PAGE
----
I was anticipating someone like Charon, the ferryman of Hades, but instead the guy who showed up was quite polite. He really was. He picked up all my baggage and, without stealing anything at all, carried it to where we would have our mandated man date.
I did not tip him for this.
He asked me, "Would you like a private screening room?"
I did not ask if there was an up-charge for that. All I said was, "No, thank you. Let's do this in public."
"Are you familiar with the full-body pat-down?"
"No, but I am familiar with that thing," indicating the x-ray naked scanner that the other human cattle were being herded through. "That's why I chose this."
He said, "Okay, I'm going to pat down your entire body, using the back of my hand in private areas." He was wearing blue gloves. And I don't think he actually used the word "private." I don't remember for sure, but that's what he was getting at.
Then he asked: "Do you have any sensitive areas?"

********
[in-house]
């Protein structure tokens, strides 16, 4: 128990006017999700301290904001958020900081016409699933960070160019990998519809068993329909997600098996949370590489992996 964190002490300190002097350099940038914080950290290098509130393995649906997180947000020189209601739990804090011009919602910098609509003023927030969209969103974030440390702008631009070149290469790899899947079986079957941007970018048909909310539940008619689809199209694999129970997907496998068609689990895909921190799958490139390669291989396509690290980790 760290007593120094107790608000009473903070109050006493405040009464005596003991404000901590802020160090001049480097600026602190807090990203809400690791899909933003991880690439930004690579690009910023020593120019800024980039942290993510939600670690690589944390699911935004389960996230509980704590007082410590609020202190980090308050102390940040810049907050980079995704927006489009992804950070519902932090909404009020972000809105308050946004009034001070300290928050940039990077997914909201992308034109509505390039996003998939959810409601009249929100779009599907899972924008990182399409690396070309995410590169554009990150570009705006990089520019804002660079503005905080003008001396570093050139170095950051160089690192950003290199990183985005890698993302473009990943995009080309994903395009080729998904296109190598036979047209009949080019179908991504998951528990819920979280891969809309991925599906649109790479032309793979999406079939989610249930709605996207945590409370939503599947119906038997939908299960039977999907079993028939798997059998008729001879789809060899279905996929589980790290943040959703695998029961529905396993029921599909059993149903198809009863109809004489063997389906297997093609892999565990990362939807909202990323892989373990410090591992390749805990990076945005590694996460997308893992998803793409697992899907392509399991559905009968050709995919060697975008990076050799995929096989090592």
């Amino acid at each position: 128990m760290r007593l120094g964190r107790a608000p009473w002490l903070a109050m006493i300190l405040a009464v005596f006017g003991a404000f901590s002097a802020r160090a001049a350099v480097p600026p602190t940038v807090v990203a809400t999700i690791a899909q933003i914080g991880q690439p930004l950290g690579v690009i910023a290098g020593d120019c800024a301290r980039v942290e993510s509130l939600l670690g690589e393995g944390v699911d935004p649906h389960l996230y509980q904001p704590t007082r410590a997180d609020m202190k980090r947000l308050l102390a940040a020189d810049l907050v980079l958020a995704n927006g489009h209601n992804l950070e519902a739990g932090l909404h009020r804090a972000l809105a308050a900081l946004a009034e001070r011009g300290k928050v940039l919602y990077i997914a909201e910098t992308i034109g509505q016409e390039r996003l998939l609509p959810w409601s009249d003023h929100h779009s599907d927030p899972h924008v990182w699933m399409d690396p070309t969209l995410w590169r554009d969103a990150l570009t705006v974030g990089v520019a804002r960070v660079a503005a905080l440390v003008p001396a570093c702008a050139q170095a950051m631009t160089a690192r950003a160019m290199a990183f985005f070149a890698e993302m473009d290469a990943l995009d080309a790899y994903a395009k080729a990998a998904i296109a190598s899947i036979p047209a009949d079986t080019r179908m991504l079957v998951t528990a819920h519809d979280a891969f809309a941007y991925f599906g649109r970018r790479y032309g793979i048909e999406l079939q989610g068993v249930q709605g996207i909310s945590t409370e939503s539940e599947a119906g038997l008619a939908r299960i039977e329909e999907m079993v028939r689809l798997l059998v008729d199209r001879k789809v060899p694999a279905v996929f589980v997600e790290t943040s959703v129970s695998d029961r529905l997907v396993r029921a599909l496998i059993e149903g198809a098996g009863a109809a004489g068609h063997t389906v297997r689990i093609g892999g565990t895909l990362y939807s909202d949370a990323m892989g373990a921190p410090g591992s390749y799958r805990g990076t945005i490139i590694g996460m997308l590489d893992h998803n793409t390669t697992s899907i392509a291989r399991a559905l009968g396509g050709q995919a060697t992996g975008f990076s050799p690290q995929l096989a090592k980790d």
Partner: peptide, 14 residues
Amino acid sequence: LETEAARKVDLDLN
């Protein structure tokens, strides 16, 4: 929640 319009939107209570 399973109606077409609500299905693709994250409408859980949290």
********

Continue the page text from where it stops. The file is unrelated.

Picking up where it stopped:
And I answered: "My body," followed by, "And I do not consent to this. I am allowing it under duress. It is in violation of my Fourth Amendment protection against unreasonable searches and seizures. But today is your lucky day. I love my dad more than I hate this process, and I have to get to Portland to see him. So there it is."
Great. Here we go.
Several months ago I interviewed a guy who was sexually molested by a TSA screener. As in, the screener reached into the poor guy's underwear and touched his genitals. The beans and the wiener. More than once. Then there's the former Miss USA who was reduced to tears by the molestation she received at the hands of a TSA pervert who touched her genitals four times.
Why do you think I was afraid to treat them with the respect they deserved?
But when Mr. Friendly TSA Screener did his thing, it was no big deal at all. No touching of private parts, no hands under the waistband, nothing grossly offensive, and it was over in about half a minute.
Not that I think that this not-so-full-body pat-down is acceptable. It's not. But it sure beats a full-on groping.
But I wasn't done yet. Next, he tested his gloves for explosives residue. I knew, of course, that an accurate reading would come up negative. But what if it wasn't accurate? False positives are not exactly unheard of, and I would certainly miss my plane if he got one this time.
Ah, but he didn't. And the pat-down, eventful for its uneventfulness, was over.